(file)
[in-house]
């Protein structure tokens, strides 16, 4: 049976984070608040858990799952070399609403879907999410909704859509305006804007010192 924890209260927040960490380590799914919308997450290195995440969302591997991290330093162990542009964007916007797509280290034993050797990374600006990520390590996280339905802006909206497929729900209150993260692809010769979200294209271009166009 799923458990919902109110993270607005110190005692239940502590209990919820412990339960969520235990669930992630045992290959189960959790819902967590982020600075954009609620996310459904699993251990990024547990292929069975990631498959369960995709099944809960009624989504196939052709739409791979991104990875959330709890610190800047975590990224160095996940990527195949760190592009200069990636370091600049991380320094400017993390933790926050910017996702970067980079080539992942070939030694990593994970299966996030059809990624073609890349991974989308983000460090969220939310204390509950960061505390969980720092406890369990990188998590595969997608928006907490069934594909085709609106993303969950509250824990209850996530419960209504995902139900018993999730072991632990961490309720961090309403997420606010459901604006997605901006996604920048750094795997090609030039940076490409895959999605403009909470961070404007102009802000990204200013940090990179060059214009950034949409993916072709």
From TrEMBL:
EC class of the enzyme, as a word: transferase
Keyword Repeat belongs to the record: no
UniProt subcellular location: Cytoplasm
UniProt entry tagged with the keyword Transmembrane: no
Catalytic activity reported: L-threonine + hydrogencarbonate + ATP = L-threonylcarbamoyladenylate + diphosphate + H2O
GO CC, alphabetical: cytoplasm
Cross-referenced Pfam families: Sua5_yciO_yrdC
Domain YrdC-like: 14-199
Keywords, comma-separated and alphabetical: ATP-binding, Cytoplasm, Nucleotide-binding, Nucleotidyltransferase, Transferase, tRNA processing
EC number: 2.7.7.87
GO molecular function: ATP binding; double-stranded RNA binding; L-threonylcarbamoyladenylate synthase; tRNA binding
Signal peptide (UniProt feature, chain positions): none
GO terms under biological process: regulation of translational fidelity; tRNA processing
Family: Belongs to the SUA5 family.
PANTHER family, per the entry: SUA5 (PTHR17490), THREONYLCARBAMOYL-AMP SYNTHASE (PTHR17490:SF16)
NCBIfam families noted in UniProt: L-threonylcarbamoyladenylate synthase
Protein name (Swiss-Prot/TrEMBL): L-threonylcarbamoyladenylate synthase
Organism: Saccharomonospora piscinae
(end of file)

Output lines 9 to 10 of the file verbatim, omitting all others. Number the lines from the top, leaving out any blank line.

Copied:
GO CC, alphabetical: cytoplasm
Cross-referenced Pfam families: Sua5_yciO_yrdC